There are a variety of balcony types for your home. Some can be installed simply to improve your exterior aesthetics and property values, and others can be fully usable for holding plants and outdoor furniture.

The type of balcony you choose will depend on the style of building it will be attached to, as well as your intentions and budget. Some balcones are much more desirable than others in general, and some have a higher safety rating than others as well.

False Balcony

A false balcony is more for increasing the exterior aesthetic or property values of your home. False balconies are normally not large enough to be walked on, and may not even be rated to hold a human’s weight.

Their best purpose is to improve the exterior facade of your home while providing a small spot for potted plants to sit in the sunshine and fresh air. Additionally, having a false balcony with patio doors will give you a more open feel for the room it is installed in.

Hung Balcony

A hung balcony is a great option for a quickly installed and fully usable balcony on your home or an apartment building. Hung balconies are secured to the side of the building by mounting plates and steel cables.

This hanging method puts 50% of the balcony weight on the mounting plates at the base, and 50% of the balcony weight on the support cables up higher. A hung balcony is very simplistic and may not improve the overall aesthetic of your home.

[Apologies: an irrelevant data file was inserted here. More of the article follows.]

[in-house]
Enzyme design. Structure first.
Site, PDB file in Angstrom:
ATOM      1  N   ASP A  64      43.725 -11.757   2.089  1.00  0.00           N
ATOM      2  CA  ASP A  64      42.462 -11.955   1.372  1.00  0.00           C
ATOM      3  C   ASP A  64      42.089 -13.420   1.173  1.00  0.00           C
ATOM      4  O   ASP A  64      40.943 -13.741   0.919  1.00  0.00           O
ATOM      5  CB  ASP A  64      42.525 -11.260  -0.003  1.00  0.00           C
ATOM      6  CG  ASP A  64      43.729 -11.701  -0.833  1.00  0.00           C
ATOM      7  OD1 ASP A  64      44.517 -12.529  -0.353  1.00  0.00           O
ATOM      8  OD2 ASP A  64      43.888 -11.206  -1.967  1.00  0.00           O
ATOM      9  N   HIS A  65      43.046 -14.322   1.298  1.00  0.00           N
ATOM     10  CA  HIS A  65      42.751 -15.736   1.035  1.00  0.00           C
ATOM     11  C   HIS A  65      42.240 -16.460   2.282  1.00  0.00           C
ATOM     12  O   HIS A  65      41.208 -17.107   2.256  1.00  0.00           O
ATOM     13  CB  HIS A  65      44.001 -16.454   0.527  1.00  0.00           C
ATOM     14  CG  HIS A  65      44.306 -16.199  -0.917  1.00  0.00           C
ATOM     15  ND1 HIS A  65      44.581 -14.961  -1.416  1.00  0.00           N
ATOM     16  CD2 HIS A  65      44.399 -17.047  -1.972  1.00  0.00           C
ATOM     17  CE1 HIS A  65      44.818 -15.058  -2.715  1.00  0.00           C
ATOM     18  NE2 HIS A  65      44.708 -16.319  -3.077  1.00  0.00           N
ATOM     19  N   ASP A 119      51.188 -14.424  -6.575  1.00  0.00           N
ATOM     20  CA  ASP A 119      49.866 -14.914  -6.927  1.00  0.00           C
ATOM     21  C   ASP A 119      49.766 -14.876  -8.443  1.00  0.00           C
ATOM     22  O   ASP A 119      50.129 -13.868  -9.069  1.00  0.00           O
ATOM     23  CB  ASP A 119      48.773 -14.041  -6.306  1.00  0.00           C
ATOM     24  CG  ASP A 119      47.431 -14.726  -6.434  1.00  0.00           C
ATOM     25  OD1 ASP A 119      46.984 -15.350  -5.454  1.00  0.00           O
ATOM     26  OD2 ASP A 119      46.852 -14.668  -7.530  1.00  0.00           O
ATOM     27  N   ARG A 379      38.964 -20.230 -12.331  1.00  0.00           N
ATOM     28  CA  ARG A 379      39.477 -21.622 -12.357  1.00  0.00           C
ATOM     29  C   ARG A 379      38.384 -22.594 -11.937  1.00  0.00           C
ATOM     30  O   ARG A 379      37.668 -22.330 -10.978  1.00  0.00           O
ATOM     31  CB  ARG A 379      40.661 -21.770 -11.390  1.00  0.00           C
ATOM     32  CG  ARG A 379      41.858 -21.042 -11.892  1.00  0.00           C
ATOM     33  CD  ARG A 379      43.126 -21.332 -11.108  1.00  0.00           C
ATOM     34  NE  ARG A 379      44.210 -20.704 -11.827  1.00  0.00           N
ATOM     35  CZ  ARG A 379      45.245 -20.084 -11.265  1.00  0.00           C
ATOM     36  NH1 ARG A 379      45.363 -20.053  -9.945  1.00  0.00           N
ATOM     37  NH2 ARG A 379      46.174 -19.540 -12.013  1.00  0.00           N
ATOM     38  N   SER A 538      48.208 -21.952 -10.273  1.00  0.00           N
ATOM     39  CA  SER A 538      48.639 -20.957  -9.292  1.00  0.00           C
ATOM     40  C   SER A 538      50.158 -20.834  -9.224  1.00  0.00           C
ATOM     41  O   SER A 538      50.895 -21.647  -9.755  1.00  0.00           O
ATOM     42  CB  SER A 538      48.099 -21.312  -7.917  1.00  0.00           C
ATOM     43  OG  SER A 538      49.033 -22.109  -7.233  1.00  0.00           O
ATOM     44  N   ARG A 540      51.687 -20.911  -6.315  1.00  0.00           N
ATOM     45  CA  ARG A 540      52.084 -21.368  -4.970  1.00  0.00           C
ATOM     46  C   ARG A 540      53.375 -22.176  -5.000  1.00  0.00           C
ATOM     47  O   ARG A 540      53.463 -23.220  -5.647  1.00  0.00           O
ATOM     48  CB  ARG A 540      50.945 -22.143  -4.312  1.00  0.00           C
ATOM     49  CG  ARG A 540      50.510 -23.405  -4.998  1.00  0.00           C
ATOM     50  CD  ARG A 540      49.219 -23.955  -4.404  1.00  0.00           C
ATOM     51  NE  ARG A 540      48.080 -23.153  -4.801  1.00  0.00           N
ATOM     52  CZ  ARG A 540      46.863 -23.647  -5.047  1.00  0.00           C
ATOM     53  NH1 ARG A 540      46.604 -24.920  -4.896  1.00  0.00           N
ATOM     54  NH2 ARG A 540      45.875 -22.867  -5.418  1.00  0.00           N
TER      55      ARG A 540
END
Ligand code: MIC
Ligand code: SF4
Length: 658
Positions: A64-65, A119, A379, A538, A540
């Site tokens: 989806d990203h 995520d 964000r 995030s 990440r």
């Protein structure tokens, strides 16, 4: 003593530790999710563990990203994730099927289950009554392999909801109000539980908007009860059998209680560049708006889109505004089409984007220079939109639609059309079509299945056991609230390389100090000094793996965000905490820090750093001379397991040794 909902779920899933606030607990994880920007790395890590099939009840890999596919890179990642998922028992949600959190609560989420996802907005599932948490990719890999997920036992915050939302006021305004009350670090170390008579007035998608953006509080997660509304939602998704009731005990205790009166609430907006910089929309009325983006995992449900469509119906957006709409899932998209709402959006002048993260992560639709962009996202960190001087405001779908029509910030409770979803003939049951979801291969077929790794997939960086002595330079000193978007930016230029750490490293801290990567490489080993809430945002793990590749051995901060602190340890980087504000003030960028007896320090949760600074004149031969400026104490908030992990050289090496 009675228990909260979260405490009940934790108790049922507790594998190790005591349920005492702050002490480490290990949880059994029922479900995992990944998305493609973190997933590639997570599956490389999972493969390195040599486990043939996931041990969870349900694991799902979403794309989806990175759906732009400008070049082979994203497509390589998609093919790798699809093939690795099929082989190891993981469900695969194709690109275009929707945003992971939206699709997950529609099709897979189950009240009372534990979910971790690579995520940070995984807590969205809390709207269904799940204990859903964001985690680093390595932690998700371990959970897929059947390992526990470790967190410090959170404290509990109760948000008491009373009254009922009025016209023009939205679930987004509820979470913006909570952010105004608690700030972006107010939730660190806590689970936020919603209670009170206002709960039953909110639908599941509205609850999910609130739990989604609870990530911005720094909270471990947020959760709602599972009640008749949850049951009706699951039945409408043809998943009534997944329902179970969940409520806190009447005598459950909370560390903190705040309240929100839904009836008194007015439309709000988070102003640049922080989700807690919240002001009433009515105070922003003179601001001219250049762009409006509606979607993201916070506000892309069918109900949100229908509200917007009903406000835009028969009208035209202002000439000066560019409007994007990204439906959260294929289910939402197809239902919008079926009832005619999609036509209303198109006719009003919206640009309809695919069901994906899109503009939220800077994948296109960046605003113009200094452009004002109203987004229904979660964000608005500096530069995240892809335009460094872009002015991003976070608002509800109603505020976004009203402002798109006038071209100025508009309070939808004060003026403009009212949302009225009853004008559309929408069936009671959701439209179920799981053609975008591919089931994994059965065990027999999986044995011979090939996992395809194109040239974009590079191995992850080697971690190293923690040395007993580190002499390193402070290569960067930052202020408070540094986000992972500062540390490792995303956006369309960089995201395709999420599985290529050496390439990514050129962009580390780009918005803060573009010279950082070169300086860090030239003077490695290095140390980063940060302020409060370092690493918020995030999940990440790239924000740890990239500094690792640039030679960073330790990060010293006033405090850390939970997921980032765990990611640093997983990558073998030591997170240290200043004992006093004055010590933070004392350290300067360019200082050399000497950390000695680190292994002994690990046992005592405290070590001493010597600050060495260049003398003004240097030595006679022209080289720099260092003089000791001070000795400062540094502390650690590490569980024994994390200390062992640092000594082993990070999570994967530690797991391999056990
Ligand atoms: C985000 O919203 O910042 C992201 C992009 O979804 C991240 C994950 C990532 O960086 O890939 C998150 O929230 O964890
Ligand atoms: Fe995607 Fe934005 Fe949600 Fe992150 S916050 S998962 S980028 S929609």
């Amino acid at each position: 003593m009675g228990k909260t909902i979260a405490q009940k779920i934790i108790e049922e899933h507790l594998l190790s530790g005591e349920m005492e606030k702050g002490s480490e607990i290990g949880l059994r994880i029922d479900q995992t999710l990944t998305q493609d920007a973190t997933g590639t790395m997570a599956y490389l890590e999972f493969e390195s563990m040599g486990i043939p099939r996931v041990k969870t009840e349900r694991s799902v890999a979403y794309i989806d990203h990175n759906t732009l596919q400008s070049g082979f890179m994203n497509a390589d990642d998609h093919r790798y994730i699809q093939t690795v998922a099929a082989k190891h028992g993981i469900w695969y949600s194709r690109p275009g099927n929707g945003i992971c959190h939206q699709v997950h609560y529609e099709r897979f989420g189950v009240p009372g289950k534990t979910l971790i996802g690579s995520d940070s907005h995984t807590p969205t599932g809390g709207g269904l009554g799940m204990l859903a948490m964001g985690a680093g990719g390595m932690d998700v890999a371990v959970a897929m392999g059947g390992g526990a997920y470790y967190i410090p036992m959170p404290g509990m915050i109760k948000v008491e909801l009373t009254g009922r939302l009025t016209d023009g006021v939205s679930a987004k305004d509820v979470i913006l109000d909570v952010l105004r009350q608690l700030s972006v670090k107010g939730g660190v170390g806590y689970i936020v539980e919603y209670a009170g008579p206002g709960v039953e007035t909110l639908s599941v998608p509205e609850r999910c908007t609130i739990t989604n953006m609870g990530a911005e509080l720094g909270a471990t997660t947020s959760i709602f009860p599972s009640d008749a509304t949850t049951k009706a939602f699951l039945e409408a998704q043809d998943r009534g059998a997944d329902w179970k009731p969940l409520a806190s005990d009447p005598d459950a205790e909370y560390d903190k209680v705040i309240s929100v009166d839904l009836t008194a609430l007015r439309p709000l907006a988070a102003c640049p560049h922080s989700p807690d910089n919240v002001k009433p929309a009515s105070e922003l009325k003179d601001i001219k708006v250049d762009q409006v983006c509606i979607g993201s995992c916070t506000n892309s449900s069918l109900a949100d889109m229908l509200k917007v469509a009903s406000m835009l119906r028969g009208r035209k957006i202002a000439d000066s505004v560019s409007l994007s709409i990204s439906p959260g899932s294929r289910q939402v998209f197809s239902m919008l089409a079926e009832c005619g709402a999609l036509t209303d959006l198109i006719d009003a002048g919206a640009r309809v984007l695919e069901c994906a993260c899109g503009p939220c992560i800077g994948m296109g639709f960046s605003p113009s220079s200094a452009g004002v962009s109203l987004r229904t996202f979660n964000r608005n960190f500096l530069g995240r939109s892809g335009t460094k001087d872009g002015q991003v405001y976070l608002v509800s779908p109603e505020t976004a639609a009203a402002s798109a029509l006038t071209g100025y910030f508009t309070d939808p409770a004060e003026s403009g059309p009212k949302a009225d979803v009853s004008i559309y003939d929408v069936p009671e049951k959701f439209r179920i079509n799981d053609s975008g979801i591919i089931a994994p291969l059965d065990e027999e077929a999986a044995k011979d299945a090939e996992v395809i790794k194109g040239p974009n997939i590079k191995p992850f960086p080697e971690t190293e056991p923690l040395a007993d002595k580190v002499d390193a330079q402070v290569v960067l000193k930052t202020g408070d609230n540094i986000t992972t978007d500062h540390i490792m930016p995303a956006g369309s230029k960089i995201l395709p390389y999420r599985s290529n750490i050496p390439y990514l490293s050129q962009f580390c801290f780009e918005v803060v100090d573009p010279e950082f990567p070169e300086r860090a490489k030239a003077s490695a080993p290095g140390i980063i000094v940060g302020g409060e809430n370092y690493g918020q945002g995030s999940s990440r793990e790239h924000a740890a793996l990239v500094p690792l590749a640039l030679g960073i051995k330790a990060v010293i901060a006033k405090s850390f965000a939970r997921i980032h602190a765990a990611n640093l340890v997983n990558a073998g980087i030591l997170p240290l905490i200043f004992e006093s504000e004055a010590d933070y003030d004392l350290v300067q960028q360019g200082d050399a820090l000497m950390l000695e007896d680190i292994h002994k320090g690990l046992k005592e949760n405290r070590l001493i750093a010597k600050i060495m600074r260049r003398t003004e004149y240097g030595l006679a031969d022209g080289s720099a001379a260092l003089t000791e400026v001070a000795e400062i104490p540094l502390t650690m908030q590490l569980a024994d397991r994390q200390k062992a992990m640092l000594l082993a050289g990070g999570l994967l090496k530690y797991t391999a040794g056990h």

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Cantilever Balcony

A cantilever balcony is a platform that projects outward from the building and lacks any visible support. The balcony weight is supported by a structure that is built into the load bearing beams in the building itself.

A cantilever balcony cannot be added onto an existing home and instead will need to be part of the blueprint during construction. In addition, the safety ratings of cantilevered balconies may be lower than other balcony types.

Stacked Balcony

A stacked balcony will put the least amount of load on the building itself. In fact, almost all of the weight a stacked balcony holds is supported by the pillars that hold the balcony up. This style of balcony is simple to install and can come in a range of designs.

Stacked balconies can be made from a variety of materials including wood, concrete or aluminum. This gives you a range of aesthetic options, as well as a variety of weight bearing limits to suit your needs.

Loggia Balcony

A loggia balcony is sometimes not considered a balcony, but instead an extension of the building itself. Loggia balconies are fully enclosed with a roof, and are sometimes called sunrooms and can hold a variety of furniture.

They can be on the ground floor, or higher floors, depending on the homeowner’s or building owner’s preferences. Loggia balconies are popular in high rise buildings such as hospitals, apartments, college dorms, and more.